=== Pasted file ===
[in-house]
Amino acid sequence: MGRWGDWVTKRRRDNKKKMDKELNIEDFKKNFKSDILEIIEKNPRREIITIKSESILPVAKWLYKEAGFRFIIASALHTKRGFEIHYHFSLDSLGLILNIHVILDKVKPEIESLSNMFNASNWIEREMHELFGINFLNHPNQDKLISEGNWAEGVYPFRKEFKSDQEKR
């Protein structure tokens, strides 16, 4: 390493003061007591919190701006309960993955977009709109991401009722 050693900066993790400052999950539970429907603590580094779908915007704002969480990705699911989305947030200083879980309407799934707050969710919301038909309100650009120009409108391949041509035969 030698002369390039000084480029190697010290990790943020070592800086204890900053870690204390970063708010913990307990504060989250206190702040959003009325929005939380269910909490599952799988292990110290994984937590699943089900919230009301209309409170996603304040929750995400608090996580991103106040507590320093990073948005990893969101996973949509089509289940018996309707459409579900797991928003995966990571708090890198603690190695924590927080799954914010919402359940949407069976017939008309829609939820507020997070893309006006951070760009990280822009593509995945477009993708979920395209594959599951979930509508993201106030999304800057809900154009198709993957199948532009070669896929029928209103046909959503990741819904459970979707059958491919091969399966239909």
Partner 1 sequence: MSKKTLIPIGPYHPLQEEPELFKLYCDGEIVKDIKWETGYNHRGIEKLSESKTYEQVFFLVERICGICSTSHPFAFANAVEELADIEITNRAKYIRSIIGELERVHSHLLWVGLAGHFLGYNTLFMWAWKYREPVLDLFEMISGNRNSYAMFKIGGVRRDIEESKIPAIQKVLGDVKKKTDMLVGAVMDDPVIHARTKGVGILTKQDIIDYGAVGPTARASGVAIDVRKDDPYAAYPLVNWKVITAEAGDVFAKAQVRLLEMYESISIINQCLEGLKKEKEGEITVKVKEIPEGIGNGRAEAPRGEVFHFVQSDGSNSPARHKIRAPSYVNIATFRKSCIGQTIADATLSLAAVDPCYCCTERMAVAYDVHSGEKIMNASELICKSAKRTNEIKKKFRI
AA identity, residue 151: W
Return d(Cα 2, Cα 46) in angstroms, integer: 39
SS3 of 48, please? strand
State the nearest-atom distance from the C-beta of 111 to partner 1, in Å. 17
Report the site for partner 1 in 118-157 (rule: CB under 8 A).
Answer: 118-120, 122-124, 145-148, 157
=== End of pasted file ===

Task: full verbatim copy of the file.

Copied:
[in-house]
Amino acid sequence: MGRWGDWVTKRRRDNKKKMDKELNIEDFKKNFKSDILEIIEKNPRREIITIKSESILPVAKWLYKEAGFRFIIASALHTKRGFEIHYHFSLDSLGLILNIHVILDKVKPEIESLSNMFNASNWIEREMHELFGINFLNHPNQDKLISEGNWAEGVYPFRKEFKSDQEKR
């Protein structure tokens, strides 16, 4: 390493003061007591919190701006309960993955977009709109991401009722 050693900066993790400052999950539970429907603590580094779908915007704002969480990705699911989305947030200083879980309407799934707050969710919301038909309100650009120009409108391949041509035969 030698002369390039000084480029190697010290990790943020070592800086204890900053870690204390970063708010913990307990504060989250206190702040959003009325929005939380269910909490599952799988292990110290994984937590699943089900919230009301209309409170996603304040929750995400608090996580991103106040507590320093990073948005990893969101996973949509089509289940018996309707459409579900797991928003995966990571708090890198603690190695924590927080799954914010919402359940949407069976017939008309829609939820507020997070893309006006951070760009990280822009593509995945477009993708979920395209594959599951979930509508993201106030999304800057809900154009198709993957199948532009070669896929029928209103046909959503990741819904459970979707059958491919091969399966239909």
Partner 1 sequence: MSKKTLIPIGPYHPLQEEPELFKLYCDGEIVKDIKWETGYNHRGIEKLSESKTYEQVFFLVERICGICSTSHPFAFANAVEELADIEITNRAKYIRSIIGELERVHSHLLWVGLAGHFLGYNTLFMWAWKYREPVLDLFEMISGNRNSYAMFKIGGVRRDIEESKIPAIQKVLGDVKKKTDMLVGAVMDDPVIHARTKGVGILTKQDIIDYGAVGPTARASGVAIDVRKDDPYAAYPLVNWKVITAEAGDVFAKAQVRLLEMYESISIINQCLEGLKKEKEGEITVKVKEIPEGIGNGRAEAPRGEVFHFVQSDGSNSPARHKIRAPSYVNIATFRKSCIGQTIADATLSLAAVDPCYCCTERMAVAYDVHSGEKIMNASELICKSAKRTNEIKKKFRI
AA identity, residue 151: W
Return d(Cα 2, Cα 46) in angstroms, integer: 39
SS3 of 48, please? strand
State the nearest-atom distance from the C-beta of 111 to partner 1, in Å. 17
Report the site for partner 1 in 118-157 (rule: CB under 8 A).
Answer: 118-120, 122-124, 145-148, 157